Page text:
The homeowners insurance rate increase disagreement between the North Carolina Department of Insurance (NCDOI) and the insurance industry is not over.
The North Carolina Rate Bureau (NCRB), which files rates with NCDOI on behalf of insurers writing in the state, is calling foul on a recent court of appeals decision agreeing with the state insurance commissioner’s rejection of a nearly 25 percent homeowners insurance rate increase. NCRB now wants to take its fight to the North Carolina Supreme Court.
The case refers to Insurance Commissioner Wayne Goodwin’s rejection of the bureau’s 2014 homeowners insurance rate filing that called for 24.9 percent increase. NCRB sought the increase on behalf of nearly 100 companies selling homeowners policies in the state. Insurers said at the time the increase was needed to cover expectations of a sharp rise in projected repair and replacement costs and the growing risk of catastrophic losses.
Commissioner Wayne Goodwin, however, disagreed with NCRB’s assessment, saying he found “no factors or events justified the excessive costs required by the insurance companies.” He instead ordered an average rate change of 0.0 percent on homeowners policies beginning in June 2015.
NCRB appealed his decision to the State Court of Appeals in Jan. 2014, but the court sided with Goodwin in August.
“The order reflects a careful, thoughtful, and thorough consideration of the evidence,” Judge J. Douglas McCullough wrote for the three-judge panel in its ruling, as reported by The Associated Press.
In its Sept. 6 request for discretionary review, NCRB says the appeals court erred in siding with Goodwin. NCRB says the appeals court’s ruling violates the constitutional mandate under the “takings clause” of the Fifth Amendment and the “due process clause” of the Fourteenth Amendment that a “regulated firm is entitled to an opportunity to earn a rate of return commensurate with the level of profit demanded by the investment market on business ventures of comparable risk…”
NCRB maintains that the rate increase requested back in 2014 on homeowners insurance policies is necessary for insurers to maintain the “cost of equity,” which is the prospective return that investors can expect to earn in the marketplace on investments of comparable risk.
“A regulated industry is entitled to earn a profit equivalent to the returns demanded by industries of comparable risk. In North Carolina, homeowners insurance is a regulated industry. North Carolina homeowners insurers are thus entitled to have rates set that allow them the opportunity to earn such a profit,” NCRB said in its review request. “Accordingly, insurance ratemaking procedures must ascertain the rate of return demanded by investors in industries of comparable risk, and the Commissioner must set an underwriting profit that will allow homeowners insurers to earn that rate of return.”
In reaction to Goodwin’s rate rejection, a number of homeowners insurers have since issued policies to customers with “consent-to-rate” provisions in order to set rates to what they say is necessary for them to continue providing coverage. Insurers are authorized to write at rates above the approved NCRB rates if they receive a written consent-to-rate from the policyholder.
According to the NCRB, the number of consent-to-rate policies has proliferated since the rate rejection and now comprises more than a third of homeowners policies in the state. NCRB also contends that the state’s residual market, or market of last resort that is typically only utilized by those in coastal communities who cannot get coverage from the private market, has also increased exponentially in recent years.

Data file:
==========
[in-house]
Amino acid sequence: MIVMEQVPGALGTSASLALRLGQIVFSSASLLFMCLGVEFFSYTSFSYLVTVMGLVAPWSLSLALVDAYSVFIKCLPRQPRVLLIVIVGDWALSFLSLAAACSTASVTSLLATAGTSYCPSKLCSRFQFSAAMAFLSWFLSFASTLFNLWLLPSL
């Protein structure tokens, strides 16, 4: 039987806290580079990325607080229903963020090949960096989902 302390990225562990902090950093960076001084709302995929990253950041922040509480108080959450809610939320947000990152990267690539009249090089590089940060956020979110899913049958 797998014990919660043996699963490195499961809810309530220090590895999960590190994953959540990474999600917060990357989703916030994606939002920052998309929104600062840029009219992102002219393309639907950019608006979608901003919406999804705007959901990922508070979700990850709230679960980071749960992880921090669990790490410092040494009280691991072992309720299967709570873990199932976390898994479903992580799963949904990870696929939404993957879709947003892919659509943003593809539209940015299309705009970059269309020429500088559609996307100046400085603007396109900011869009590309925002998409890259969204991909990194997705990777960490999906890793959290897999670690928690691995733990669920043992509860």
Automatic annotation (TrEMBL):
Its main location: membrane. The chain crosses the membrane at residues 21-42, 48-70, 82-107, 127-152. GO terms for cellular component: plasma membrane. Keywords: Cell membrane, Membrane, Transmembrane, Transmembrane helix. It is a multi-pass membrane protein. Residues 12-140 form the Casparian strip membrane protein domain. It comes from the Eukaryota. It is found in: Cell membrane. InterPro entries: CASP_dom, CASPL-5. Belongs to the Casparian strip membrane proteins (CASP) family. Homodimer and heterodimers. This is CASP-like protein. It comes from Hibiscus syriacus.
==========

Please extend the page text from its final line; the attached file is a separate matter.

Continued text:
“In an otherwise competitive marketplace, where approximately 95 homeowners insurers write homeowners coverage in North Carolina, the fact that 40% percent to 70 percent of policies in beach and coastal counties are written in the residual ‘market of last resort’ and as many as one-third of homeowners policies are being written pursuant to consent to rate procedures is compelling evidence that homeowners insurers are unable to earn a reasonable profit at the rates approved by the Commissioner,” NCRB said.
Insurers said the rate increases were necessary for them to continue offering coverage in the state and make a profit that would satisfy their cost of equity. However, Goodwin’s rate rejection and subsequent order to set rates with an average of no increase only allowed for a 7.6 percent return of net worth for insurers – significantly below the 9.1 percent to 12.8 percent net worth range that insurers said was necessary for them to meet their obligations.
“[The 7.6 percent] profit [is] clearly below the minimum constitutional standard such that the ordered rates are confiscatory, amounting to a regulatory taking under the Fifth Amendment of the United States Constitution,” NCRB contested in its request for review. “The Court of Appeals’ judgment disapproving the filed underwriting profit provision and affirming the Commissioner’s ordered profit provision is in violation of the United States Constitution and should be reviewed and reversed by this Court.”
Goodwin respnded to NCRB’s request for review on Sept. 21, expressing frustration that NCRB is continuing the rate fight, saying “I rejected the insurance industry’s proposed rate increase because I felt it was unjust and the Court of Appeals upheld my decision.
“I am disappointed the insurance industry has decided to not only ignore but actively challenge my attempts to protect consumers regarding homeowner’s insurance rates,” said Goodwin.
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